Written Evidence Submitted by the University of Manchester
The University of Manchester welcomes this inquiry into reproducibility and research integrity. As one of the largest research-intensive Universities in the UK ( £121M in competitive Research & Innovation Grants and Fellowships awarded by UKRI in 2020/21) we recognise the need for research to be conducted and reported in a fully transparent manner. We are institutional members of the UK Reproducibility Network (UKRN) and welcome the recent Research England Development Fund award to support the UKRN’s activities. As an institution we are committed to research, learning, and innovation that brings benefits to society and the environment. Indeed, the goal of creating an open and responsible research environment is one of our five strategic priorities for Research and Discovery. As part of this we are transforming our research environment to support Open Research and a modernised Responsible Research Framework for how we organise, resource, conduct and share our research to meet the highest standards of research conduct and integrity; environmental sustainability; equality, diversity and inclusion; and positive economic and social impact. We are a signatory of DORA, are fully committed to the responsible use of metrics, recently created an Office for Open Research, and released a position statement on Open Research.
Transparency in the research process is key to generating research that will be reproducible. Ideally researchers should view this approach to research as the optimal (and normative) way to conduct research. One of the likely causes of the so-called ‘replication crisis’ in science has resulted from a primarily metrics-driven approach attempting to assess research quality at the level of individual researchers. Despite the intentions of initiatives such as DORA, an individual’s research success still tends to be defined in terms of where their research is published, how many research outputs they generate, and how much grant income they are awarded. None of these measures necessarily correlate with research quality and neither are they dependent on the adoption of open and transparent research practices.
We note that a 2016 task force set up by Jo Johnson examined the closely related issue of open research data (a key component of research transparency). We hope that the current inquiry takes on board the detailed recommendations of that task force. The importance of open data (specifically in the life sciences) and the role it plays in driving innovation was highlighted in the recent ELIXIR report.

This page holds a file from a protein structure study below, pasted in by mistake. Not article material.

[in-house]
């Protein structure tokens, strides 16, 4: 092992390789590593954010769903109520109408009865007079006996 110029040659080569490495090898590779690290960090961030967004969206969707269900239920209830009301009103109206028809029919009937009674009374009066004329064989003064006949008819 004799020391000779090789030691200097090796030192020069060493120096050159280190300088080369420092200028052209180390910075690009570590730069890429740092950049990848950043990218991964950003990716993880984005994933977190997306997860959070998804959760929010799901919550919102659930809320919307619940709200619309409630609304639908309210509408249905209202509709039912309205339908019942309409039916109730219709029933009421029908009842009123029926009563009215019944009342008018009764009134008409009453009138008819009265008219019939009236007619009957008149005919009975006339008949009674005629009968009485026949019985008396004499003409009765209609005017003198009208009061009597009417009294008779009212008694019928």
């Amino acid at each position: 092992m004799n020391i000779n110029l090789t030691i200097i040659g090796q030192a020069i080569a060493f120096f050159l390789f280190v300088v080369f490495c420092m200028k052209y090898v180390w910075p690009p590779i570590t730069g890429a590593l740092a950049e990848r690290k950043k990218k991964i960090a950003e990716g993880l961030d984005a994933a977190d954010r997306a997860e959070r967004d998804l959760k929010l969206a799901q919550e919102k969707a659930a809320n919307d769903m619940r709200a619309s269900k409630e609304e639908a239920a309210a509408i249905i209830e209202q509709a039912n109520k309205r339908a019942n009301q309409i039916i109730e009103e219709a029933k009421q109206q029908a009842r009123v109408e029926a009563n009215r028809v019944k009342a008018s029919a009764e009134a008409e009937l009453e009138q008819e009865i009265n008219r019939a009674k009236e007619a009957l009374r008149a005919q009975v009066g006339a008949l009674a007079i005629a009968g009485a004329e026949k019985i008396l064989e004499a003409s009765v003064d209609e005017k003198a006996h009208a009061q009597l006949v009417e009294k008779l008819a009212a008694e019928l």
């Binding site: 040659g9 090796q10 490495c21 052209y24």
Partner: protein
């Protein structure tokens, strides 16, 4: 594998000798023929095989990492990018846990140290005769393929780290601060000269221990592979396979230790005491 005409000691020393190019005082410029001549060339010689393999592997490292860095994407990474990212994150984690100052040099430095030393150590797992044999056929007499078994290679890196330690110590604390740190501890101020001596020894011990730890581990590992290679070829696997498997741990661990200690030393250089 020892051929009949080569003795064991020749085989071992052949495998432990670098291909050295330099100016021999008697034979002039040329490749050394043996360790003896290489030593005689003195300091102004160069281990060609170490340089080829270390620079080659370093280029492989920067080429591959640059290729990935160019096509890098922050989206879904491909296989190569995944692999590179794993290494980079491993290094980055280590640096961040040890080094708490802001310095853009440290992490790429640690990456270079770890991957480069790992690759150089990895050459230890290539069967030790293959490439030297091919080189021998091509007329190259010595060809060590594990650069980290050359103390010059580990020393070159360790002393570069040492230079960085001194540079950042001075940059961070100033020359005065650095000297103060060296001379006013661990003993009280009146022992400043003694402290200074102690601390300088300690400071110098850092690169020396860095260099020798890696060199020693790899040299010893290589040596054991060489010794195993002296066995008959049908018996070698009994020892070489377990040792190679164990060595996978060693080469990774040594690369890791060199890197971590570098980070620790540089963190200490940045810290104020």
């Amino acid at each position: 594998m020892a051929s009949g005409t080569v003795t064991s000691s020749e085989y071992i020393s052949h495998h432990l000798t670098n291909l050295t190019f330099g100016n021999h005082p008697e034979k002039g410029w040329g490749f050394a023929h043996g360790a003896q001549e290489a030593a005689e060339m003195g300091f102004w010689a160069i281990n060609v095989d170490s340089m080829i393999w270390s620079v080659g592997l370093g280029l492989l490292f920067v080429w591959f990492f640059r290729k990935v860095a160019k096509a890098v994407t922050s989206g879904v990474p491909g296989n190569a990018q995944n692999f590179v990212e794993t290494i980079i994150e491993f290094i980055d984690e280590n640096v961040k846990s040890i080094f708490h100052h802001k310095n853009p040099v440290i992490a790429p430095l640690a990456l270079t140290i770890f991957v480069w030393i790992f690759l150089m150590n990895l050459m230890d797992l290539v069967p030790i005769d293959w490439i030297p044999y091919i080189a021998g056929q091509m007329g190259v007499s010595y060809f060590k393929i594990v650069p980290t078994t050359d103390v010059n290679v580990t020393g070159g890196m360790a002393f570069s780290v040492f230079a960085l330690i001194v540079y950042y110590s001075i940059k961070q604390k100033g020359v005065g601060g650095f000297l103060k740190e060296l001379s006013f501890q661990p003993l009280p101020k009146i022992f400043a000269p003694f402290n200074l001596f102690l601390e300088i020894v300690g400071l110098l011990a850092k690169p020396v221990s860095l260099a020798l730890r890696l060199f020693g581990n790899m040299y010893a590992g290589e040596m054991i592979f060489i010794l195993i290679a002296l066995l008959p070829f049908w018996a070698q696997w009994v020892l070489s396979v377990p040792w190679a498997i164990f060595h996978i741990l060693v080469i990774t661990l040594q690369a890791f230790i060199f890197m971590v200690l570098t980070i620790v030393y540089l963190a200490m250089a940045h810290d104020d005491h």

The need for skills and infrastructure
Engaging in transparent research practices that will result in scientific discovery that is reproducible is often dependent on a research group having individuals with the necessary computational and data skills. Open research professionals such as data stewards and research software engineers play a critical role in the adoption of open and transparent research practices (arguably a prerequisite for increased research reproducibility and research integrity). These career paths must be formally recognised and supported by institutions, and the individuals on these paths must be funded specifically for this activity. One option is for UKRI councils to require the inclusion of costed activity related to research transparency in funding requests, with a clear and detailed plan for how researchers will make their research transparent (and thus reproducible). This activity must be funded.
During their training as PhD students and as post-docs, researchers must be introduced to issues related to transparency and reproducibility in science and provided with the appropriate skills to ensure the research they conduct does not suffer from the same issues as research of the previous generation. Training must also be made available to more established researchers (i.e., mid- and later-career researchers) who perhaps will need to unlearn sub-optimal research habits which may have led to limited research transparency in their existing programmes of research. In many institutions the pressure to publish in journals with high impact factors is greater than the pressure to publish research that is open, transparent, and reproducible.
Currently, it is Universities who are responsible for investigating research misconduct (e.g., following the discovery of Questionable Research Practices (QRPs) in a research project that results in a journal publication being retracted). The current reward structure means there is incentive for researchers to engage in QRPs in order to increase their chances of their work being published in a high impact factor journal. Indeed, there is little incentive not to engage in such behaviour. The academic incentive structure should reward good research conduct (and thus disincentivise the use of QRPs). We welcome the creation of CORI within UKRI as an independent body to examine issues around research integrity. We propose that the new UKRI CORI review how best to establish governance and accountability for the sector to ensure that research ethics and integrity standards and procedures across the sector are developed to (i) align with Open Research principles and practices and to remove incentives for QRPs (ii) reward good research conduct (iii) develop and maintain exemplary standards and practice for all aspects of research ethics and integrity.